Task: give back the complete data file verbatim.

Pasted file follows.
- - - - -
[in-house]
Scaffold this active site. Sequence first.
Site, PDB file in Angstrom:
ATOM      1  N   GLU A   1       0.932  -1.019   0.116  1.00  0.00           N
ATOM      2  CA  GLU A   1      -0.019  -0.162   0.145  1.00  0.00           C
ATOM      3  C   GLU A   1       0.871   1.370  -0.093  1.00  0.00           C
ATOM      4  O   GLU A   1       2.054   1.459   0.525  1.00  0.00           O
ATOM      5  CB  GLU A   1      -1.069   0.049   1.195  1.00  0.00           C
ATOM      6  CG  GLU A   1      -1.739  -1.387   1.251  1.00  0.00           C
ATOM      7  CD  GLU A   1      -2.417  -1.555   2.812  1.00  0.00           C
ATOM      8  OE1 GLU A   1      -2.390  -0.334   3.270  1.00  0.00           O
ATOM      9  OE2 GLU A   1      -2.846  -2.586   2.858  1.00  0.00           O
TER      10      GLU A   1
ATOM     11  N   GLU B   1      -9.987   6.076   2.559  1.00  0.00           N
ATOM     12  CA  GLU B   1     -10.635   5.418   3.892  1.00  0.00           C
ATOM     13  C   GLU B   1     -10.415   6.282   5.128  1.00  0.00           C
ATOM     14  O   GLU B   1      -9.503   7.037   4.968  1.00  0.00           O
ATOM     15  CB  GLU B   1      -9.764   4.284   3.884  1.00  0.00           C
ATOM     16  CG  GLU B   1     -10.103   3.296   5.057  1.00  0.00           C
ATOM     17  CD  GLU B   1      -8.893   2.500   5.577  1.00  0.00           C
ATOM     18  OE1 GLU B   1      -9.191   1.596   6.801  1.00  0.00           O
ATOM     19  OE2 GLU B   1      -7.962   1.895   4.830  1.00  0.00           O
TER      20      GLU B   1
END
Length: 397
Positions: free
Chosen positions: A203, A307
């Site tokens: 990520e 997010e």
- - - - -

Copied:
[in-house]
Scaffold this active site. Sequence first.
Site, PDB file in Angstrom:
ATOM      1  N   GLU A   1       0.932  -1.019   0.116  1.00  0.00           N
ATOM      2  CA  GLU A   1      -0.019  -0.162   0.145  1.00  0.00           C
ATOM      3  C   GLU A   1       0.871   1.370  -0.093  1.00  0.00           C
ATOM      4  O   GLU A   1       2.054   1.459   0.525  1.00  0.00           O
ATOM      5  CB  GLU A   1      -1.069   0.049   1.195  1.00  0.00           C
ATOM      6  CG  GLU A   1      -1.739  -1.387   1.251  1.00  0.00           C
ATOM      7  CD  GLU A   1      -2.417  -1.555   2.812  1.00  0.00           C
ATOM      8  OE1 GLU A   1      -2.390  -0.334   3.270  1.00  0.00           O
ATOM      9  OE2 GLU A   1      -2.846  -2.586   2.858  1.00  0.00           O
TER      10      GLU A   1
ATOM     11  N   GLU B   1      -9.987   6.076   2.559  1.00  0.00           N
ATOM     12  CA  GLU B   1     -10.635   5.418   3.892  1.00  0.00           C
ATOM     13  C   GLU B   1     -10.415   6.282   5.128  1.00  0.00           C
ATOM     14  O   GLU B   1      -9.503   7.037   4.968  1.00  0.00           O
ATOM     15  CB  GLU B   1      -9.764   4.284   3.884  1.00  0.00           C
ATOM     16  CG  GLU B   1     -10.103   3.296   5.057  1.00  0.00           C
ATOM     17  CD  GLU B   1      -8.893   2.500   5.577  1.00  0.00           C
ATOM     18  OE1 GLU B   1      -9.191   1.596   6.801  1.00  0.00           O
ATOM     19  OE2 GLU B   1      -7.962   1.895   4.830  1.00  0.00           O
TER      20      GLU B   1
END
Length: 397
Positions: free
Chosen positions: A203, A307
């Site tokens: 990520e 997010e």